Take the 2-minute tour ×
Stack Overflow is a question and answer site for professional and enthusiast programmers. It's 100% free, no registration required.

I'm relatively new at web & ASP.Net development, so bear with me. In the course of testing our web pages, I noticed that if a user were to click "Refresh/Reload", and clicks "Retry" when prompted on the "Resend Info" dialog box, whatever last event that was fired before the user chose to "Refresh", will subsequently be fired again.
As an example we have "Previous" and "Next" Nav buttons which allows a user to navigate through a series of questions. Should the operator hit "Refresh/Reload", which ever Nav button the user pressed last will fire again. This actually makes some sense, but the net effect is the user ends up on the next or previous page from which he was formerly viewing. Is there a work around for this sort of thing?

share|improve this question
    
See: stackoverflow.com/questions/743580/… –  Shog9 Aug 21 '09 at 14:43

2 Answers 2

This is due to the way you are handling PostBacks.

A little background is necessary:

The web is "stateless", which means each request from a client to a server is independent of the request before it or the request after it. There is no "state" maintained. If you look at the HTTP level, it's simply a text blob sent to the server that says "send me this information" and the server sends it back. There's no "I am the same user who was here 3 minutes ago and I would like to move to the next page from the one I was on last time we spoke".

The way ASP.NET solves this problem is using ViewState and postbacks. Every time you click an ASP.NET button, it is actually submitting a form which has a hidden field with a bunch of encoded data. That data contains all of the information the server needs to "reconstruct" the state of the page as it was the last time it. Then it can execute the "move to next page" and that command makes sense. When ASP.NET sends the HTML back to the client, it updates that hidden field with new data, again representing the state of the page, as it is right now. And the next time you click any button, the data is sent again, the page is reconstructed again and the cycle repeats.

When the user hits "refresh" the browser asks them if they want to re-submit the form. They are resubmitting the same data they did last time round.

Implications for you:

If you attempt to track any data about the user or what they are doing independently of the ASP.NET ViewState, you will need to make sure you synchronize that each time the page processes.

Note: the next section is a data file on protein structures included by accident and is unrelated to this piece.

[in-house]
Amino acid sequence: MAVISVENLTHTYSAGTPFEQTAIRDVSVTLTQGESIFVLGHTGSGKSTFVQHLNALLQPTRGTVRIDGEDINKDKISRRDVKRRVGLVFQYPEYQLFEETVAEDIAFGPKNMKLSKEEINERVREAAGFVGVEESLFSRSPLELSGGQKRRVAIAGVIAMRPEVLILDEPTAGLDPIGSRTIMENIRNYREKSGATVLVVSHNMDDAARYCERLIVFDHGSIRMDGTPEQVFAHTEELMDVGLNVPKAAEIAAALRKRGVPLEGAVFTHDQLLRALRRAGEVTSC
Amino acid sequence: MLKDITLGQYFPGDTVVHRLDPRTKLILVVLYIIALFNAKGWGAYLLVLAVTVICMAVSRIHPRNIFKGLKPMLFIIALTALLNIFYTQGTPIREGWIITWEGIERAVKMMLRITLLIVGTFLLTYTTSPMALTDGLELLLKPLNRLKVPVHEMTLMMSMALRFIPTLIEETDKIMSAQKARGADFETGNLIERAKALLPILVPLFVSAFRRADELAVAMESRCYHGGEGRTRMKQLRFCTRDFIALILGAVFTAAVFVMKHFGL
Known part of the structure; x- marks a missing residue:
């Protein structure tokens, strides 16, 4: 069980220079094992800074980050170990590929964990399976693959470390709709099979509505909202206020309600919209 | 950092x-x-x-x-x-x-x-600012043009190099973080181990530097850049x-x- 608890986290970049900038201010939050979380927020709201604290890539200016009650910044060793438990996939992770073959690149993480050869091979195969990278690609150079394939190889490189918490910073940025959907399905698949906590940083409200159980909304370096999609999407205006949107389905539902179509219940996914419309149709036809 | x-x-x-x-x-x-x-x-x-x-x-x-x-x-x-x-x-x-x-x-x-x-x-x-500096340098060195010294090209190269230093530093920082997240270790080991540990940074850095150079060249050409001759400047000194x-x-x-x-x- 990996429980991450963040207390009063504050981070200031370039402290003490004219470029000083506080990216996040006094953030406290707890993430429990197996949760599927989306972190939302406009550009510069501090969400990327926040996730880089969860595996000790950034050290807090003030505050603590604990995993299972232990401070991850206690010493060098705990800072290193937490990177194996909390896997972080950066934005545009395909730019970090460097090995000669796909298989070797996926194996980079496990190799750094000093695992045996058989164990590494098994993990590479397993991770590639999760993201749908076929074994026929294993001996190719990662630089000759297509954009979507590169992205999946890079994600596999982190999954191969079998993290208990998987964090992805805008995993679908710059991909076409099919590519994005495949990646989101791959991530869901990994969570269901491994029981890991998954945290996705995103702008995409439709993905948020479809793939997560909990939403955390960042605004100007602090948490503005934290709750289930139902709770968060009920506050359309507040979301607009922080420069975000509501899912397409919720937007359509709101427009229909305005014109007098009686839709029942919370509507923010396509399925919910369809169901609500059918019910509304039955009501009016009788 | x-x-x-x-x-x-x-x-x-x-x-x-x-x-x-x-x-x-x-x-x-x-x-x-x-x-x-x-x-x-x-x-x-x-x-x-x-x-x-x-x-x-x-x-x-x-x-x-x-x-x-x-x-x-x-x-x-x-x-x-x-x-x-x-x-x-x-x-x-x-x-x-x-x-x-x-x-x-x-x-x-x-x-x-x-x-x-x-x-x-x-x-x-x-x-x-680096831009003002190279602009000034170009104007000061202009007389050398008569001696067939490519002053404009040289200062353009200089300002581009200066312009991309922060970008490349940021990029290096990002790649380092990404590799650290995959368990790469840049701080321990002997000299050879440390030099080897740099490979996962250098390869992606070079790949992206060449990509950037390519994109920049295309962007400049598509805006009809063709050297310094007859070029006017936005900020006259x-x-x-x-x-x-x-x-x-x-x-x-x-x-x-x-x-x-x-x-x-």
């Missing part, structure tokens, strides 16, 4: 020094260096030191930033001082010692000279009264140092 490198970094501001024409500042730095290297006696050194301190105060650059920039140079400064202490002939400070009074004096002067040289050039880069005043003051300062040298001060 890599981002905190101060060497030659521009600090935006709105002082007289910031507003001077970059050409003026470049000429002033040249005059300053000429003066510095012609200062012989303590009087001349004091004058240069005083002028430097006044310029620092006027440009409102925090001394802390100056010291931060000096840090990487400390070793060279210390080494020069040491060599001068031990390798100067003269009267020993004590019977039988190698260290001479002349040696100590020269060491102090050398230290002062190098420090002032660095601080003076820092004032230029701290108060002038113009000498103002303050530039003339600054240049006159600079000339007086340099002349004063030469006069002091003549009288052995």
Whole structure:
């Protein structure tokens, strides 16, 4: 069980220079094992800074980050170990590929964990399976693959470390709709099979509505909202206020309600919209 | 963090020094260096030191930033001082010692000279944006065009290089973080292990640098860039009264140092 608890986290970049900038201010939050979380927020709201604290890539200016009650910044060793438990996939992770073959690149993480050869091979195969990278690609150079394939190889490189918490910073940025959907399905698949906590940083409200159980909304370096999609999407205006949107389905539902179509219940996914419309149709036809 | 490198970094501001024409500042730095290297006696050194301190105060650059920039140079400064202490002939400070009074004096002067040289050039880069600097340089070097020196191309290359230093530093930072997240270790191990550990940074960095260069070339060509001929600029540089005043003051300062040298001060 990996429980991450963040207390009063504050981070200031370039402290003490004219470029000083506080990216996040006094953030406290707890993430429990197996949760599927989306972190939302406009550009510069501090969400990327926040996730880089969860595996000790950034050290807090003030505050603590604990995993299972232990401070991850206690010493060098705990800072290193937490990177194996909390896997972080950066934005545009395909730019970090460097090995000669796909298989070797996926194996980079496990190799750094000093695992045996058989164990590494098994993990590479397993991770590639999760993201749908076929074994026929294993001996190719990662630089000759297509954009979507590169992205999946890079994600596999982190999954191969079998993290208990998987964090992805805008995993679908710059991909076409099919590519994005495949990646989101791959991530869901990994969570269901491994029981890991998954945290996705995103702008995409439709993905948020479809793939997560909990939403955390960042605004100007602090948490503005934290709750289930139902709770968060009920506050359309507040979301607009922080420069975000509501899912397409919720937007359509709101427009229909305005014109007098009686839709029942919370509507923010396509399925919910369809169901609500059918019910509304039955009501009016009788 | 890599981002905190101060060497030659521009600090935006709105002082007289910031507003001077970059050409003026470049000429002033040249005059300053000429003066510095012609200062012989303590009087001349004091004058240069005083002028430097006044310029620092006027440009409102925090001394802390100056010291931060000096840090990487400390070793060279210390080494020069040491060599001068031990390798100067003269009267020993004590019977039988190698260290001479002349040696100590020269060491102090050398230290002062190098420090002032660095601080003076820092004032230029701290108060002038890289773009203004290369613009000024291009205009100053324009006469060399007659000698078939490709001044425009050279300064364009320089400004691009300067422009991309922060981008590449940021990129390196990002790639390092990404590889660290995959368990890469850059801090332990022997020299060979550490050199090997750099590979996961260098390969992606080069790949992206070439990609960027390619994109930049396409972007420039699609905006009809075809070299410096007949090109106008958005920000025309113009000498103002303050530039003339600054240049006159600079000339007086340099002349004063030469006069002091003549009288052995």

You probably want to keep the "current page" in ViewState:

ViewState.Add("CurrentPage", intCurrentPage);

So when you call the MoveNext event handler, you can be sure you are moving relative to the page as it was the last time it was sent to the client.

share|improve this answer
    
Thanks much, very helpful. –  Gio Aug 20 '09 at 23:09

You could look towards the Post-Redirect-Get pattern that is more commonly used in asp.net mvc.

See here for more details.

share|improve this answer
    
That's a good technique for mitigating actual form resubmissions, but I'm not sure if it'd be a good idea to use it for what is essentially every request in a highly stateful WebForms app. That's doubling the number of requests application-wide. –  Rex M Aug 20 '09 at 23:03
    
The OP mentioned nothing about "highly stateful" it is just your assumption and unless he has >200 requests per sec his infrastructure would hardly notice the extra round trip. To be rid of those dialogs and dangers of resubmission it is well worth the extra work. –  redsquare Aug 20 '09 at 23:11
    
If you notice SO uses the very same technique. I do not see many perf issues here, and it gets looked up more than a few times per second! –  redsquare Aug 20 '09 at 23:15
    
@redsquare as I said, nothing wrong with the technique. Just discussing whether it's an ideal solution for something as common as paging. –  Rex M Aug 20 '09 at 23:19
    
Great link, thanks again. –  Gio Aug 20 '09 at 23:19

Your Answer

 
discard

By posting your answer, you agree to the privacy policy and terms of service.